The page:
Black Studies Colloquium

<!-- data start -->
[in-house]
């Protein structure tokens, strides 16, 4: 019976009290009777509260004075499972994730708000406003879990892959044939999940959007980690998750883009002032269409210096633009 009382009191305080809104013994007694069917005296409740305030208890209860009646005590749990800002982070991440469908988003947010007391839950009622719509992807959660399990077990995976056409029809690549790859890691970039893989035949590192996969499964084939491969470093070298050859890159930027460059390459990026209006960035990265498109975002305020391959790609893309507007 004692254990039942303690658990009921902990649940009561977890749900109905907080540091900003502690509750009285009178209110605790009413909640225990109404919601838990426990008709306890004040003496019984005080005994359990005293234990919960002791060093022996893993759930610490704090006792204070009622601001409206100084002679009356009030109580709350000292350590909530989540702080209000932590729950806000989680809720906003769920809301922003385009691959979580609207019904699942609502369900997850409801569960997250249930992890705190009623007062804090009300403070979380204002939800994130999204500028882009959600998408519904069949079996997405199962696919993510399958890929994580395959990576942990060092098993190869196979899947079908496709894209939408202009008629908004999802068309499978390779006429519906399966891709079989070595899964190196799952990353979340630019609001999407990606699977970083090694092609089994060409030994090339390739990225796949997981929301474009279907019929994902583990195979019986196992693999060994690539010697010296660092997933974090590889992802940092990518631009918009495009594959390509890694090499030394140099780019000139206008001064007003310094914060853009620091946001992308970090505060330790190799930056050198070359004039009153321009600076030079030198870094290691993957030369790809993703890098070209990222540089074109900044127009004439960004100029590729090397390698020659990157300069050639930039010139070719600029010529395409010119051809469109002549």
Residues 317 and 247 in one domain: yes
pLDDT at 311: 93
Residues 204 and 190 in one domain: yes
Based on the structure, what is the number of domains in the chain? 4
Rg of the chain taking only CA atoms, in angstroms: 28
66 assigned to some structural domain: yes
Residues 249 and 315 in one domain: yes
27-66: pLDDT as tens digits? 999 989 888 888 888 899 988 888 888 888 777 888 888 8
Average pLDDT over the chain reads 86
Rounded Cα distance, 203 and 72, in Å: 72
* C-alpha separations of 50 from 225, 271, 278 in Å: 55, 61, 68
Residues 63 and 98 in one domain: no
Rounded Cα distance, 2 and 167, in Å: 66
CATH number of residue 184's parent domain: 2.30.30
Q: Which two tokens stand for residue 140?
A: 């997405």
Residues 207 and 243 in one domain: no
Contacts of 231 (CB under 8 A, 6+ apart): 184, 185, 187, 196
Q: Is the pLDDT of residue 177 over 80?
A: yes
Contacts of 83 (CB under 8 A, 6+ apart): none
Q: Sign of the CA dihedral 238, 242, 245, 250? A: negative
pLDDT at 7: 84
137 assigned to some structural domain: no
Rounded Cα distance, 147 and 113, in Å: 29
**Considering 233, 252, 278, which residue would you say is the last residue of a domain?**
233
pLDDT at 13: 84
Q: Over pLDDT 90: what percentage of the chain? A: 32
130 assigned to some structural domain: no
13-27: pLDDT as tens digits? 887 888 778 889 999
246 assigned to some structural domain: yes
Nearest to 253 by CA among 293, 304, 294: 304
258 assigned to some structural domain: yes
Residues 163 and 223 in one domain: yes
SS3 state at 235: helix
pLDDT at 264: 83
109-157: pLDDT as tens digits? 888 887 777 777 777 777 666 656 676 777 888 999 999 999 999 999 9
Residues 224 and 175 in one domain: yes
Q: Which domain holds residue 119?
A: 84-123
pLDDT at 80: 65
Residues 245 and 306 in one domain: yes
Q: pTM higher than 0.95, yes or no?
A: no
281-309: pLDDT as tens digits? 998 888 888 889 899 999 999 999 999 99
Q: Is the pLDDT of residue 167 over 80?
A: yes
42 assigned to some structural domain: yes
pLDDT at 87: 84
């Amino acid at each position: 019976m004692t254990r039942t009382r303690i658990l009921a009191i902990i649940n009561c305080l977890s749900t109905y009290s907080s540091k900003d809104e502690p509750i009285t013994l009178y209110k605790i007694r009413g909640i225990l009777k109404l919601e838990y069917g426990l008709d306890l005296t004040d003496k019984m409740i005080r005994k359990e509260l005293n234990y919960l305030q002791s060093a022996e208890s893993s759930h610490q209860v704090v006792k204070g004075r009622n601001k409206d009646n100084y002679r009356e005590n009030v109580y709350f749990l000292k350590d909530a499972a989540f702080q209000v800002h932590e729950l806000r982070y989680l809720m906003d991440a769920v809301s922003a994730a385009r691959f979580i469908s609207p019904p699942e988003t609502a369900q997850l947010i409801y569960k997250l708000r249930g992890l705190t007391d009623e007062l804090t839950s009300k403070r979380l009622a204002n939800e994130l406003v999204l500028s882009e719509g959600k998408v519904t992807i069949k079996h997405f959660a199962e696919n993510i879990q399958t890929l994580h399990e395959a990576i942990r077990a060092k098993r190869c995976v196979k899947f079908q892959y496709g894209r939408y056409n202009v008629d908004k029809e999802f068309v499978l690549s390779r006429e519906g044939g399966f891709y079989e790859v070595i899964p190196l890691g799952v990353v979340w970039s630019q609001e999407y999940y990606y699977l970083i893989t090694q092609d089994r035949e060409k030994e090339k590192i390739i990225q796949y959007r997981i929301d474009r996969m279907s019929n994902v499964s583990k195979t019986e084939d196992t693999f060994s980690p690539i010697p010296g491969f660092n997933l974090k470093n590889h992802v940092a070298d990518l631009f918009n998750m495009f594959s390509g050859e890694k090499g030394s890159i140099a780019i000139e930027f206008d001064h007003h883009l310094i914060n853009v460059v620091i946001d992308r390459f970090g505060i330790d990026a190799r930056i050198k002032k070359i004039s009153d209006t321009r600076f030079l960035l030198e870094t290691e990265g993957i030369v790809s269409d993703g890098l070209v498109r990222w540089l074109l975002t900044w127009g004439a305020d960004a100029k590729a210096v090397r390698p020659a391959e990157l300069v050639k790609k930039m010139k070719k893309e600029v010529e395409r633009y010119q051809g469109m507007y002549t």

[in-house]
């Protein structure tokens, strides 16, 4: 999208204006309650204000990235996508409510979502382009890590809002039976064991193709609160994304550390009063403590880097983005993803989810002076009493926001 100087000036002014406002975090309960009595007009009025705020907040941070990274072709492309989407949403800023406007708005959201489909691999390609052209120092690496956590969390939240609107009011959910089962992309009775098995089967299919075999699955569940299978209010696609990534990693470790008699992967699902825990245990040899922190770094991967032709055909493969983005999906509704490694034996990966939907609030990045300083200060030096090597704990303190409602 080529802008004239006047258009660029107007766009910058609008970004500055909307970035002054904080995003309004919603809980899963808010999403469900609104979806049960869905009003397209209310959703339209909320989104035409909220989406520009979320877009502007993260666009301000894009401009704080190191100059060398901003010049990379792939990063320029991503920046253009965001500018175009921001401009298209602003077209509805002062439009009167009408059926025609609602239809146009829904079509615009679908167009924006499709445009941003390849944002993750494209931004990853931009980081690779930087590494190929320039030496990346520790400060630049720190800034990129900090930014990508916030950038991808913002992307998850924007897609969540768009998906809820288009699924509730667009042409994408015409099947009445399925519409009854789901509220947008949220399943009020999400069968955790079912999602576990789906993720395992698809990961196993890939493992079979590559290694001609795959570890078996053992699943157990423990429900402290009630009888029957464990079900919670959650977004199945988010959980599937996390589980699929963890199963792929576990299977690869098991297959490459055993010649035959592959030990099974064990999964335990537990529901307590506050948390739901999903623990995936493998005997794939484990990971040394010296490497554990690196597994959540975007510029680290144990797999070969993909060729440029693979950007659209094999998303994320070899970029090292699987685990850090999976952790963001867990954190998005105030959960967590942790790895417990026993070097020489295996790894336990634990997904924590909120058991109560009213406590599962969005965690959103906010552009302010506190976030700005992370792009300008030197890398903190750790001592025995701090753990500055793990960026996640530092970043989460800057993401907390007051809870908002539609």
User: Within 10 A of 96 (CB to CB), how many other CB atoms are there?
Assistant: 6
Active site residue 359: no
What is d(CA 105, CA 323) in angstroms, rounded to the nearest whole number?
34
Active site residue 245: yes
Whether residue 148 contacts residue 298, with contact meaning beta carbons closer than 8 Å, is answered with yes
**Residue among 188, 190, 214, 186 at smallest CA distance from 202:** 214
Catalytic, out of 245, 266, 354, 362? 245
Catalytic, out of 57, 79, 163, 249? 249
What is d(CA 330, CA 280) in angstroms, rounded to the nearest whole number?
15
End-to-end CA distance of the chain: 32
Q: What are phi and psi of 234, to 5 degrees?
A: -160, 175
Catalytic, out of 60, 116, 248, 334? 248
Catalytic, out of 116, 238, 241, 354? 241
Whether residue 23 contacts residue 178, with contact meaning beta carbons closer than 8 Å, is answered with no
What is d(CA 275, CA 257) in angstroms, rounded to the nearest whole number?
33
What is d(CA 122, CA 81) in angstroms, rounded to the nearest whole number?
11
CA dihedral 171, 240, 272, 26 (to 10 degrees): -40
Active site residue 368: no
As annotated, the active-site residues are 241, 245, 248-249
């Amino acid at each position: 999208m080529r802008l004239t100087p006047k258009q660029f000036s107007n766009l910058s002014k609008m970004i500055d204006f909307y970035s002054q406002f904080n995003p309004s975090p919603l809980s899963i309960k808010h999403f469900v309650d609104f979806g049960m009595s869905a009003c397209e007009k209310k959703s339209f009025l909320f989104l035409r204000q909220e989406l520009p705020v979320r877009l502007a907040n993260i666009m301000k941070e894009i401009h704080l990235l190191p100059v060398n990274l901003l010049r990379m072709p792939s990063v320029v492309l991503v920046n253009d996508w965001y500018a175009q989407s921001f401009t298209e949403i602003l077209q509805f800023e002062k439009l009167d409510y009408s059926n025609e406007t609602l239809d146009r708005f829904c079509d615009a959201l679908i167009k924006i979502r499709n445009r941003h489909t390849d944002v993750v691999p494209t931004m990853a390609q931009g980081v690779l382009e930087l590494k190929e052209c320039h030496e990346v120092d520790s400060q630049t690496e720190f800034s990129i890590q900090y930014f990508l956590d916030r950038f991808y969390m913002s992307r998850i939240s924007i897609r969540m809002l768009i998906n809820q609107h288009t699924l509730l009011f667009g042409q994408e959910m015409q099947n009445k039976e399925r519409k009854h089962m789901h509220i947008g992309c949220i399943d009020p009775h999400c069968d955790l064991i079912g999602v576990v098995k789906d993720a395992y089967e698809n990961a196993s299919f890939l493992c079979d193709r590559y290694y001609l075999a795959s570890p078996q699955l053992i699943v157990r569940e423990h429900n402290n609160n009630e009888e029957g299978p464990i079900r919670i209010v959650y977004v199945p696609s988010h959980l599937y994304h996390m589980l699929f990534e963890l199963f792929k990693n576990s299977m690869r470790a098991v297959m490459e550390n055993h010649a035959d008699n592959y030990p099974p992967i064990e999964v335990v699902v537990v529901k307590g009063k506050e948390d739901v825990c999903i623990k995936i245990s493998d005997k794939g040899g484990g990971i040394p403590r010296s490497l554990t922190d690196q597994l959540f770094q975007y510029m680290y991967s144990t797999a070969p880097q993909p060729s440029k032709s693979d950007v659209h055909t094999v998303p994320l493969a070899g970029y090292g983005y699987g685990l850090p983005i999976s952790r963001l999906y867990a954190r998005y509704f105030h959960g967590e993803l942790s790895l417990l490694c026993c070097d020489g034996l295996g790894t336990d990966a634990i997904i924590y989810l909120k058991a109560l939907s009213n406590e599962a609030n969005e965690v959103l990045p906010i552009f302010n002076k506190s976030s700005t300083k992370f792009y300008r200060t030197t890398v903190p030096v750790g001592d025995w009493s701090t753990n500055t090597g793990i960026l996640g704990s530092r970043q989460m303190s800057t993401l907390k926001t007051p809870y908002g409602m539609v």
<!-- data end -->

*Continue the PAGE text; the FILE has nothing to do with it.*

Black Life Futures: Black Ecologies and African Diaspora developed by the Black Studies Colloquium explores the following inquiry: In what ways do studies in Black Ecologies in the United States and across the African Diaspora unfold and communicate with one another? What are the connections between ecological forms of oppression and socio-political legacies of colonialism within the Black Diaspora? What kind of Black futures might we imagine through cultivating conversation and producing scholarship across sites of Black studies in North American, the Caribbean, South America, and Africa? Black Life Futures takes an interdisciplinary and creative approach, incorporating the research of faculty, activist scholars, and students in order to create public-facing content to advance collective knowledge and to develop intellectual, creative, and activist strategies and theories that will help us contend with challenges of the past and present while bringing about a range of futures informed by Black ecologies and Black studies. This public-facing research project features a series of events and related content is funded by the Baruch Provost Faculty Innovation Seed Grant. Most of the time, the environments, or ecologies, we live in are as quotidian as the commute home. Summer 2021 there were waterfalls and lakes inside the 145th Street subway station, and New Yorkers kept swiping their metro cards or hopped the turnstile to catch the train home. Ecological realities confront us so abruptly that we literally have to dive in and contend with not only sudden shifts like the increase in rain in summer 2021 but also the long-standing material history that affects our daily lives. The past and the present converge as we grapple with the external conditions and social histories of our environments– this is a central idea within the discourse of Black Ecologies. Black Ecologies then help us understand our environments on local (perhaps the subway platform), national, and global levels, situating and analyzing the implications of places like Flint and Port au Prince, where black and brown people meet social and political challenges as they strive to live material world. It is for such reasons that within his formation of the concept of Black ecology that Hare recognized and called for “a social and political revolution,” arguing that “the real solution to the environmental crisis is the decolonization of the Black race” (Hare, 3, 8). Hare’s call for the decolonization of black people as a part of the intellectual and practical work of Black Ecologies continues to be taken up by scholars across the Black diaspora today as we continue to recognize myriad forms of oppression that Black people experience. The events for Black Life Futures along with corresponding content created by participating faculty, scholars, and students are posted in the content menu at this site.